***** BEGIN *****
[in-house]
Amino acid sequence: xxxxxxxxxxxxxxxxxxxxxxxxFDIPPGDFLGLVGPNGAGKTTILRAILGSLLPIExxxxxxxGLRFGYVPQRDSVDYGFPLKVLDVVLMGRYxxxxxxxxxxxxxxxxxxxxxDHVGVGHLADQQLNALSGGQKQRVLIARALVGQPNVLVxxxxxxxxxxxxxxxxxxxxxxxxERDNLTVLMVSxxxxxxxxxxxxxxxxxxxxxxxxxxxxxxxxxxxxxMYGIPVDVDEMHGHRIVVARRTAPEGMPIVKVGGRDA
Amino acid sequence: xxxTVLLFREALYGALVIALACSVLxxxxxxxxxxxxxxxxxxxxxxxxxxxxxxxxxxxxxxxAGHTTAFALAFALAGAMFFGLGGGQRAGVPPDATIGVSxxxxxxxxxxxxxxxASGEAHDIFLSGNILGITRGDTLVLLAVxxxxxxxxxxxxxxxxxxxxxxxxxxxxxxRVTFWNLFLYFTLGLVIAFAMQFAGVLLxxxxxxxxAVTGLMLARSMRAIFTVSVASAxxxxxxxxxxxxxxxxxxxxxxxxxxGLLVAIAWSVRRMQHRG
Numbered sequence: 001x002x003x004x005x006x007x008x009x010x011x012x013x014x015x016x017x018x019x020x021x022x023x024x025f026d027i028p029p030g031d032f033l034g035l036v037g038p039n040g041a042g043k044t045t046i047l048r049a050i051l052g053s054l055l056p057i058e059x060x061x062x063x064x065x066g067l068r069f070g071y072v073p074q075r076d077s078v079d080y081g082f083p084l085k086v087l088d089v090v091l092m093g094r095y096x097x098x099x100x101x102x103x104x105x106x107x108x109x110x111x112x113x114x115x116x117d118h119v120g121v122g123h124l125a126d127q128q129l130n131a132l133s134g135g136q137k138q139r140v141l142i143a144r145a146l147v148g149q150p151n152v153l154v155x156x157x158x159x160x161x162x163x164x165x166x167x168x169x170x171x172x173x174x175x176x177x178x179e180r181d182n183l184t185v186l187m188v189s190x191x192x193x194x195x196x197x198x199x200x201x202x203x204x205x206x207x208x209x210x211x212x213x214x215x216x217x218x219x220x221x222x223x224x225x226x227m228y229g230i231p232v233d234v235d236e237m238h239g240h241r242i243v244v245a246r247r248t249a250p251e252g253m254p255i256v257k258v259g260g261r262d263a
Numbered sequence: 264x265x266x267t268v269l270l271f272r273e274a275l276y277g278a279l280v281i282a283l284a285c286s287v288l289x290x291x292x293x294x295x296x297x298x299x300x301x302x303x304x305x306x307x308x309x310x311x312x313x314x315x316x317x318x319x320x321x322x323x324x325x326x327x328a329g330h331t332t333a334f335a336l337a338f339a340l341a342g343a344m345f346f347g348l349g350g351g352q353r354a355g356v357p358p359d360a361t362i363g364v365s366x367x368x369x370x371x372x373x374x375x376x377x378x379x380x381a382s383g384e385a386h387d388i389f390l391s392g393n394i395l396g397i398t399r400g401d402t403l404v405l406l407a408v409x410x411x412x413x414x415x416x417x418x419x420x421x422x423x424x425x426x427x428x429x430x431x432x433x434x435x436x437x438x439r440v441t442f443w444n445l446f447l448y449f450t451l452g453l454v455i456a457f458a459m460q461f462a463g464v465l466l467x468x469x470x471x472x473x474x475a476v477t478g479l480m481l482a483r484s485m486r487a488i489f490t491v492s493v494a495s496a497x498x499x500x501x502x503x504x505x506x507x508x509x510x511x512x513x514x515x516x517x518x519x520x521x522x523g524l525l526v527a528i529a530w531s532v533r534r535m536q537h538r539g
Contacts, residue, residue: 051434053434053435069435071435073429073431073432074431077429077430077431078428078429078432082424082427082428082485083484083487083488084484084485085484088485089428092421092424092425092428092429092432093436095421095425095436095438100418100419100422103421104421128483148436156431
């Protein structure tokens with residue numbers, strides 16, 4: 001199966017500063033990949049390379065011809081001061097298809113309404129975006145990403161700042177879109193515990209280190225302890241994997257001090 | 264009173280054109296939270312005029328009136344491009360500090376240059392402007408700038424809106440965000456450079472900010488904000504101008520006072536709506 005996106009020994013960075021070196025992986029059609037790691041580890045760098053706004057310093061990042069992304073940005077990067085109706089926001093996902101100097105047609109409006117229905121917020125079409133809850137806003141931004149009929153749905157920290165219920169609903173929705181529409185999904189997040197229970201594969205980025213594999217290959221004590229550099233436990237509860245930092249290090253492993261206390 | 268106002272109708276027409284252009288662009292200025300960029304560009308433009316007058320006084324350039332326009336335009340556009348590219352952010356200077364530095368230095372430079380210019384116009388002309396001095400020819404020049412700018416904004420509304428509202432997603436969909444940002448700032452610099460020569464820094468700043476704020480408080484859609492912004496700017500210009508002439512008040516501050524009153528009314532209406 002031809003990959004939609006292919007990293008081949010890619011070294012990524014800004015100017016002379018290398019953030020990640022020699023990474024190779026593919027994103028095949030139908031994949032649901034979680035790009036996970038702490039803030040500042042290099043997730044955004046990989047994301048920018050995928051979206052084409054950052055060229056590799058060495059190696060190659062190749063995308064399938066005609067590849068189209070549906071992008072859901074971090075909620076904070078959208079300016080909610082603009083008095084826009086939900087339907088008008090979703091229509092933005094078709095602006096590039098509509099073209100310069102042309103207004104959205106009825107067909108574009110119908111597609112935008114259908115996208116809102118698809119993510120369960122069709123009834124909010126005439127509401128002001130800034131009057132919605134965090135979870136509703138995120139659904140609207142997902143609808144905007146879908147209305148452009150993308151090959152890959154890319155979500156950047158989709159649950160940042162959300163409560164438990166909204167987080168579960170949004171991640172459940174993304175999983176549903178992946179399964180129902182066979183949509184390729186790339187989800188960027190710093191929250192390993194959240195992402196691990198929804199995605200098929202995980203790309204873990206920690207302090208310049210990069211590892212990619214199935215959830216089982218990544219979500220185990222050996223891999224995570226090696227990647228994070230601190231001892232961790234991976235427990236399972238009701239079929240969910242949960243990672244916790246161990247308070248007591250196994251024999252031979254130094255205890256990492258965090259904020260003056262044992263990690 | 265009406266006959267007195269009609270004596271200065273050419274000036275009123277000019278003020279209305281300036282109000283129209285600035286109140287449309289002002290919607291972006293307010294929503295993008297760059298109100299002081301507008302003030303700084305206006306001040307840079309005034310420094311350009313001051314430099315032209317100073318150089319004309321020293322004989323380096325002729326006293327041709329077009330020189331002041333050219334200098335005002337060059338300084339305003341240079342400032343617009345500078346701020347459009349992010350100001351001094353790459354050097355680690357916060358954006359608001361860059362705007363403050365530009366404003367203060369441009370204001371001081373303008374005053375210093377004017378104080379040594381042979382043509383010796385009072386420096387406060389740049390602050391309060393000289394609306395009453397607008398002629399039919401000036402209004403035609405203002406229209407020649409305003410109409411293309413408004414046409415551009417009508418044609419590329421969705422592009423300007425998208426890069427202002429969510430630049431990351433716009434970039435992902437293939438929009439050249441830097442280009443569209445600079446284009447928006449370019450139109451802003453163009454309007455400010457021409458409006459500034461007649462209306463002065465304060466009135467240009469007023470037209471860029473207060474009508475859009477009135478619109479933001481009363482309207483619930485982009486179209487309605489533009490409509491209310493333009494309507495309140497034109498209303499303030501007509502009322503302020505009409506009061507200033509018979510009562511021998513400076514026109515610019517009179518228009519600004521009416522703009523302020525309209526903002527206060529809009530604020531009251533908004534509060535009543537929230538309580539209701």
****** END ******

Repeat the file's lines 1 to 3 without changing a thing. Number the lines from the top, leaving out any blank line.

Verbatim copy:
[in-house]
Amino acid sequence: xxxxxxxxxxxxxxxxxxxxxxxxFDIPPGDFLGLVGPNGAGKTTILRAILGSLLPIExxxxxxxGLRFGYVPQRDSVDYGFPLKVLDVVLMGRYxxxxxxxxxxxxxxxxxxxxxDHVGVGHLADQQLNALSGGQKQRVLIARALVGQPNVLVxxxxxxxxxxxxxxxxxxxxxxxxERDNLTVLMVSxxxxxxxxxxxxxxxxxxxxxxxxxxxxxxxxxxxxxMYGIPVDVDEMHGHRIVVARRTAPEGMPIVKVGGRDA
Amino acid sequence: xxxTVLLFREALYGALVIALACSVLxxxxxxxxxxxxxxxxxxxxxxxxxxxxxxxxxxxxxxxAGHTTAFALAFALAGAMFFGLGGGQRAGVPPDATIGVSxxxxxxxxxxxxxxxASGEAHDIFLSGNILGITRGDTLVLLAVxxxxxxxxxxxxxxxxxxxxxxxxxxxxxxRVTFWNLFLYFTLGLVIAFAMQFAGVLLxxxxxxxxAVTGLMLARSMRAIFTVSVASAxxxxxxxxxxxxxxxxxxxxxxxxxxGLLVAIAWSVRRMQHRG